This article is part of the What Did Jesus Teach? series.
Tale of Two Kingdoms
When it comes to kingdoms, there are really only two choices. With every choice, decision, or action, you live out of a deep heart allegiance to the kingdom of self or the kingdom of God. I’m not saying that you are always conscious of this or that your decisions are intentionally kingdom driven. What I am saying is that with everything you do, you are either serving the purposes of God or the desires of self.
This conflict of kingdoms is brilliantly laid out for us by Christ in Matthew 6:19–33, where Jesus argues that if you live for the right-here, right-now pleasures of the kingdom of self, you will tend to invest your time, energy, and money in the physical treasure of this present world. You will attempt to satisfy the longings of your heart with earthbound treasures, that is, with people, places, and possessions. The core lie of the kingdom of self is that by satisfying your self-oriented desires, you will find life. And the corollary lie is that physical things will be the delivery system.
With everything you do, you are either serving the purposes of God or the desires of self.
Living for Ourselves
This whole delusional system is driven by the reality that as sinners we tend to live for ourselves, to make life all about us. We tend to be obsessed about what we want, why we want it, how we want it, when we want it, and who we want to deliver it. We invest so much of our time and energy acquiring things for the sole purpose of our comfort and pleasure. We keep telling ourselves that the next thing will be what satisfies us, but it never does, so we go out and buy something else.
The car that we told ourselves we’d always wanted doesn’t satisfy us for long. Soon we have our sights on another that we think we’d like better. The house we bought, vowing that it was the last house we’d ever live in, now no longer seems so special, and we begin to notice other houses in other neighborhoods. We rent storage rooms and fill them with the discarded delivery systems of promises that never delivered. Sadly, so much of our money is spent looking for life in all the wrong places.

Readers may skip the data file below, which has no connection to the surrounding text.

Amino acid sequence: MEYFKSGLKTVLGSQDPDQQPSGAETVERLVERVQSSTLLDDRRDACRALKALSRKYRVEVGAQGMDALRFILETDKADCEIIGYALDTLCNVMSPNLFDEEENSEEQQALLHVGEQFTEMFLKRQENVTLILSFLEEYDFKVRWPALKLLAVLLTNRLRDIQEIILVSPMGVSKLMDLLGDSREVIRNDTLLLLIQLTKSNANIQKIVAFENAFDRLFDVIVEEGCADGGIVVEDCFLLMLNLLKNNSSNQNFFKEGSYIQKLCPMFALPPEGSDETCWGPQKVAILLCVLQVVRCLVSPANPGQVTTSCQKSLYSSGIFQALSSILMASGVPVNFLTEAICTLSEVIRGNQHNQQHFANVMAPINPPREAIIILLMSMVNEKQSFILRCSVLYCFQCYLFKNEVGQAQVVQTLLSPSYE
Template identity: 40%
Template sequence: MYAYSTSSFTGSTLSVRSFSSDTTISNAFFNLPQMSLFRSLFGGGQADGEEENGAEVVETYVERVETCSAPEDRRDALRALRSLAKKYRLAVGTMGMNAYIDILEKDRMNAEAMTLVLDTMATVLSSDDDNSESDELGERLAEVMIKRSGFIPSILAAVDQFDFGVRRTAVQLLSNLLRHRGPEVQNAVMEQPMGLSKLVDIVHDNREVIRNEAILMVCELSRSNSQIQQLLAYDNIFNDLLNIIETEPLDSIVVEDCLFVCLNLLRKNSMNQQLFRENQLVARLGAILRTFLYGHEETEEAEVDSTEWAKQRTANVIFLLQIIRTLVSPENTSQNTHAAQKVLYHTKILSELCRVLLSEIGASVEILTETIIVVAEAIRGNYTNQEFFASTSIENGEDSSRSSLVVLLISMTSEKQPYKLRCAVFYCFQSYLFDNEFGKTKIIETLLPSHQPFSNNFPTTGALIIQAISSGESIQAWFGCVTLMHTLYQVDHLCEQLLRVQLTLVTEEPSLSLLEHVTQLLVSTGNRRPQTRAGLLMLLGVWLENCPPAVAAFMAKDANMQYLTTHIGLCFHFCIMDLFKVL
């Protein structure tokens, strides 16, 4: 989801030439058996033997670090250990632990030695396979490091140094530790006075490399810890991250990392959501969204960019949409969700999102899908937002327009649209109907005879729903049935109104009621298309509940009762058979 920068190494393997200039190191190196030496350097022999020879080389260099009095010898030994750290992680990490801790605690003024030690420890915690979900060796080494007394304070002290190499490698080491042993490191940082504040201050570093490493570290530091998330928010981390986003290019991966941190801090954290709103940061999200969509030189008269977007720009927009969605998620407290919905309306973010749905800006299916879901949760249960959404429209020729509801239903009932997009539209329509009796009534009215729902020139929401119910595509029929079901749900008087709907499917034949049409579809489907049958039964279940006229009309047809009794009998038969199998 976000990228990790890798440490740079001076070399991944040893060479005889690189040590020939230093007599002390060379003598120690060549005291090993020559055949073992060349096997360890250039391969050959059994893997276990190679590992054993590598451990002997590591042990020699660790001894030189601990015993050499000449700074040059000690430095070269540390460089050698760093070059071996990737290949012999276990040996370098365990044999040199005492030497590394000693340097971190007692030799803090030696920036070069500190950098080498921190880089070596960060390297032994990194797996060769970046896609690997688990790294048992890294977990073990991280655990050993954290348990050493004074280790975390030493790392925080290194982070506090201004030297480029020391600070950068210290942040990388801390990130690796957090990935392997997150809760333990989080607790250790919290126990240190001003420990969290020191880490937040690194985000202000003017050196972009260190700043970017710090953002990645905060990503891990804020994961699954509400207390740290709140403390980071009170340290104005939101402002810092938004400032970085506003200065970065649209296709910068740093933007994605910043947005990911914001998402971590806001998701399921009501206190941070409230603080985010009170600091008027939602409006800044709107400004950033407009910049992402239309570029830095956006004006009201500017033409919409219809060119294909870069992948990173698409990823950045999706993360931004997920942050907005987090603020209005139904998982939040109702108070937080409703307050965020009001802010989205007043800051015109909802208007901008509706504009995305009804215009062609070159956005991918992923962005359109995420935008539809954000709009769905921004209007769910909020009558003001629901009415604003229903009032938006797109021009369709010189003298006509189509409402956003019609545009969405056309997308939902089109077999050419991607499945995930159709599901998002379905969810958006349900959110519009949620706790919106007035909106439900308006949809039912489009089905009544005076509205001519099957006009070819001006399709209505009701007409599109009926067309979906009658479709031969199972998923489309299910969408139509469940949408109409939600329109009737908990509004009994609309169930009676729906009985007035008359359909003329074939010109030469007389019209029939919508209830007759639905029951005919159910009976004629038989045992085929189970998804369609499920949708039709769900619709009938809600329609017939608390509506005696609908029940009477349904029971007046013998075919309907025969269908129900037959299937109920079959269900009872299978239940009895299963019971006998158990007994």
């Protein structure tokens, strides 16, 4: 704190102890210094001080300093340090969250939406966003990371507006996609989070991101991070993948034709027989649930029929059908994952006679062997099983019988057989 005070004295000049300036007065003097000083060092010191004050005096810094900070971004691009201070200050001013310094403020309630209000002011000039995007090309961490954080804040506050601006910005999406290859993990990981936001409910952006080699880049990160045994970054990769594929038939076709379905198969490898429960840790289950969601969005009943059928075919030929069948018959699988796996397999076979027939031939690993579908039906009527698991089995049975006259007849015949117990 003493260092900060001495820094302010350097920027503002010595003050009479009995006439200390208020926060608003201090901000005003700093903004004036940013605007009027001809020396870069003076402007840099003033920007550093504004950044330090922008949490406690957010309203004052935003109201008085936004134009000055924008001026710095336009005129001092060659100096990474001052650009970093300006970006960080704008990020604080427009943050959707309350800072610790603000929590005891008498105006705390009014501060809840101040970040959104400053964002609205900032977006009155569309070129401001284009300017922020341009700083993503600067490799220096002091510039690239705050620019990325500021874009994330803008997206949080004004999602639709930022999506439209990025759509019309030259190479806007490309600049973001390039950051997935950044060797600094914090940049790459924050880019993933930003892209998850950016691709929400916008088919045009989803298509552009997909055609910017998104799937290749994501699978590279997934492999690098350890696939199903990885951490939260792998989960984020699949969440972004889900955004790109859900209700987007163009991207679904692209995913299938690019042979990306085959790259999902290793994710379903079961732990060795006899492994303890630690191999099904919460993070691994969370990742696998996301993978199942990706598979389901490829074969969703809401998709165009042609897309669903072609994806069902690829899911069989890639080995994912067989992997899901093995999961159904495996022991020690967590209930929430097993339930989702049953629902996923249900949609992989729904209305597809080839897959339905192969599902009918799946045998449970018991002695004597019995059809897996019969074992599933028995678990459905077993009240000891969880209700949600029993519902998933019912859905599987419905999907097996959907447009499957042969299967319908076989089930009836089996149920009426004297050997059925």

This is why Jesus’s words in the Lord’s Prayer, “Your kingdom come, your will be done, on earth as it is in heaven,” are so important to hear, to pray, and to live. Embedded in these words is a plea that God, in grace, would cause our hearts to love his kingdom more than we love our own, and embedded in that plea is the hope for financial sanity and practical-spending wisdom.
Loving God’s Kingdom
How would your finances change if you loved God’s kingdom so much that it is where you wanted to invest your time, energy, and money? How specifically would a God’s-kingdom focus serve as your defense against frivolous and selfish spending? Are you ready to pray, “Your will be done right here, right now, in my finances as it is in heaven”? If you would budget with God’s kingdom in view, how would your budget change?
If you would give with God’s kingdom in view, how much more would you be giving? Are the large purchases you make driven by God’s kingdom? Are your incidental purchases made in allegiance to what God says is important and of eternal value? Is your car payment too big or your mortgage too heavy? Where is this issue of kingdom allegiance laying out for you an agenda of financial change? True, God-honoring financial sanity is only ever found when you surrender the kingdom of self to the greater purposes and the eternal vision of the kingdom of God.
This article is adapted from Redeeming Money: How God Reveals and Reorients Our Hearts by Paul David Tripp.
Popular Articles in This Series
In a 2012 article for Slate online, Will Oremus asked a provocative question: Was Jesus a homophobe?
No Bible spokesman places more stress on hell as the final consequence of God’s judgment of condemnation than Jesus.
Does Jesus’s teaching in the sermon on the Mount to “turn the other cheek” and not resist evil require pacifism on the part of Christians?
When we look at Jesus’s life and ministry we also see that he was the greatest evangelist. In his earthly ministry he was the light of the world, the one who always lived in a way that was pleasing to his Father.